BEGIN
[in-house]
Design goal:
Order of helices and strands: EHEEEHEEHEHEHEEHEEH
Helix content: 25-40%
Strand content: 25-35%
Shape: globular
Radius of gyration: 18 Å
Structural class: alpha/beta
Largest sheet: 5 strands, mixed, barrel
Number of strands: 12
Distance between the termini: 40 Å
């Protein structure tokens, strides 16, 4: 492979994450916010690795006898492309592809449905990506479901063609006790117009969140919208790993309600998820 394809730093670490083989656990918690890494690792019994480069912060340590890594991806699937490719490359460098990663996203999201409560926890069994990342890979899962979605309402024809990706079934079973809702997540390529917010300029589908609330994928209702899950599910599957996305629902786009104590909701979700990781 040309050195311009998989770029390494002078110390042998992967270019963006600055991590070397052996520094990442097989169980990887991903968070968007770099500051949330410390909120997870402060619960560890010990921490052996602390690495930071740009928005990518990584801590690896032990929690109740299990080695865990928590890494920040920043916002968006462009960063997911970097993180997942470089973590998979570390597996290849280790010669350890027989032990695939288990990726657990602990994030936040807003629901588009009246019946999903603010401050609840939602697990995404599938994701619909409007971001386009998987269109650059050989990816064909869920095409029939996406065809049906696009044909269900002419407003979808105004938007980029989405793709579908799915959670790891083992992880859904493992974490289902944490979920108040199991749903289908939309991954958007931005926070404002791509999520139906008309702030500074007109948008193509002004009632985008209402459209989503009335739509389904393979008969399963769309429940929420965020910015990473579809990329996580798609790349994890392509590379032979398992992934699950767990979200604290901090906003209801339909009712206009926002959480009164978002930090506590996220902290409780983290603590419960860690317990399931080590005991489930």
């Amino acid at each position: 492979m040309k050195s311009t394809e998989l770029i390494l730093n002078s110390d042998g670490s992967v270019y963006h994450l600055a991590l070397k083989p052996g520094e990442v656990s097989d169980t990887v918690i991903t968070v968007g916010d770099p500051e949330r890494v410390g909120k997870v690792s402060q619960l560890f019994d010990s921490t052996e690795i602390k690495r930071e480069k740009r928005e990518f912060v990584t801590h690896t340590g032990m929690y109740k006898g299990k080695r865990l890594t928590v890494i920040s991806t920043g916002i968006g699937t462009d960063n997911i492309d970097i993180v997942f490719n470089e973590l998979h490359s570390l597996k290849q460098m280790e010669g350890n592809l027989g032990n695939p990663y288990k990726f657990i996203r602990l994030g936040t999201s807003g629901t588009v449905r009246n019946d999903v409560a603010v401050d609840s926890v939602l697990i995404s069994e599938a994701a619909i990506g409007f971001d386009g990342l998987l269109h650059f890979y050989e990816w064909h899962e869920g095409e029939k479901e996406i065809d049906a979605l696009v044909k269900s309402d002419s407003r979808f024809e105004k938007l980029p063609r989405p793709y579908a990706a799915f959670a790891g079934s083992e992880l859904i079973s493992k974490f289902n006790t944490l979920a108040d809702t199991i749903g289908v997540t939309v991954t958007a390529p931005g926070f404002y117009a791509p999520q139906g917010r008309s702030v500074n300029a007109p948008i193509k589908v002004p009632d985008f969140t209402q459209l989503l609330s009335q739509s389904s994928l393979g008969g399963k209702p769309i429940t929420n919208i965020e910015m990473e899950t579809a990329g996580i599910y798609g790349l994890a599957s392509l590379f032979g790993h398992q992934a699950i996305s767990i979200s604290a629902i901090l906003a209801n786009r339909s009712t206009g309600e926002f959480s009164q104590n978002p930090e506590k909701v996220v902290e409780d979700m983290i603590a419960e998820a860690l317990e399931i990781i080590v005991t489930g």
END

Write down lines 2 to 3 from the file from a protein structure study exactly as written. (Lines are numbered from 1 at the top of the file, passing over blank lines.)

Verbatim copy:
Design goal:
Order of helices and strands: EHEEEHEEHEHEHEEHEEH